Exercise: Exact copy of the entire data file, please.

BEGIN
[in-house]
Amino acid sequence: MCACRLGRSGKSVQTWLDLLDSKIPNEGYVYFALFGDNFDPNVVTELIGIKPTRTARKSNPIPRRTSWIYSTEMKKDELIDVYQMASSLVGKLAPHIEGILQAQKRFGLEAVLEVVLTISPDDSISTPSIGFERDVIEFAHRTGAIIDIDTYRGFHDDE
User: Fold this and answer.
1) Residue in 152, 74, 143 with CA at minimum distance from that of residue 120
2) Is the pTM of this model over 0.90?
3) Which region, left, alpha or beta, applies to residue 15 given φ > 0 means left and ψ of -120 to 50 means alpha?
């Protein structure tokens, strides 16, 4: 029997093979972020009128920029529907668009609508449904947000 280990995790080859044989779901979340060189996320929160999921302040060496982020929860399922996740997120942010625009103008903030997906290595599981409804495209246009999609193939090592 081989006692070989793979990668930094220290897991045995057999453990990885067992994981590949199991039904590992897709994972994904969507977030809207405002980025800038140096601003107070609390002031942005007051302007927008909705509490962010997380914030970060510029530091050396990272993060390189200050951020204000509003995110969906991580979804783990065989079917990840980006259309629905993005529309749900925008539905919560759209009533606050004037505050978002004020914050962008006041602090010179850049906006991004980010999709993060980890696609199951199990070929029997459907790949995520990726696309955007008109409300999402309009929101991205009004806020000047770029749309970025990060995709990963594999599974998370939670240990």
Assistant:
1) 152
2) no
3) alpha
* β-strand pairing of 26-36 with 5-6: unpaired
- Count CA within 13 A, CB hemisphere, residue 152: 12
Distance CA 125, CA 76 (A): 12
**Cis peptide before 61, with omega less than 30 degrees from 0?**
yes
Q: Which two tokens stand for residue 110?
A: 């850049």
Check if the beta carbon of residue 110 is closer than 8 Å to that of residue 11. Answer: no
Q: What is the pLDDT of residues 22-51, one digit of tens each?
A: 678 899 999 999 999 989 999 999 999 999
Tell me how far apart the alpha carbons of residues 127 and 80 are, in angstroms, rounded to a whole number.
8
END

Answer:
[in-house]
Amino acid sequence: MCACRLGRSGKSVQTWLDLLDSKIPNEGYVYFALFGDNFDPNVVTELIGIKPTRTARKSNPIPRRTSWIYSTEMKKDELIDVYQMASSLVGKLAPHIEGILQAQKRFGLEAVLEVVLTISPDDSISTPSIGFERDVIEFAHRTGAIIDIDTYRGFHDDE
User: Fold this and answer.
1) Residue in 152, 74, 143 with CA at minimum distance from that of residue 120
2) Is the pTM of this model over 0.90?
3) Which region, left, alpha or beta, applies to residue 15 given φ > 0 means left and ψ of -120 to 50 means alpha?
């Protein structure tokens, strides 16, 4: 029997093979972020009128920029529907668009609508449904947000 280990995790080859044989779901979340060189996320929160999921302040060496982020929860399922996740997120942010625009103008903030997906290595599981409804495209246009999609193939090592 081989006692070989793979990668930094220290897991045995057999453990990885067992994981590949199991039904590992897709994972994904969507977030809207405002980025800038140096601003107070609390002031942005007051302007927008909705509490962010997380914030970060510029530091050396990272993060390189200050951020204000509003995110969906991580979804783990065989079917990840980006259309629905993005529309749900925008539905919560759209009533606050004037505050978002004020914050962008006041602090010179850049906006991004980010999709993060980890696609199951199990070929029997459907790949995520990726696309955007008109409300999402309009929101991205009004806020000047770029749309970025990060995709990963594999599974998370939670240990």
Assistant:
1) 152
2) no
3) alpha
* β-strand pairing of 26-36 with 5-6: unpaired
- Count CA within 13 A, CB hemisphere, residue 152: 12
Distance CA 125, CA 76 (A): 12
**Cis peptide before 61, with omega less than 30 degrees from 0?**
yes
Q: Which two tokens stand for residue 110?
A: 């850049």
Check if the beta carbon of residue 110 is closer than 8 Å to that of residue 11. Answer: no
Q: What is the pLDDT of residues 22-51, one digit of tens each?
A: 678 899 999 999 999 989 999 999 999 999
Tell me how far apart the alpha carbons of residues 127 and 80 are, in angstroms, rounded to a whole number.
8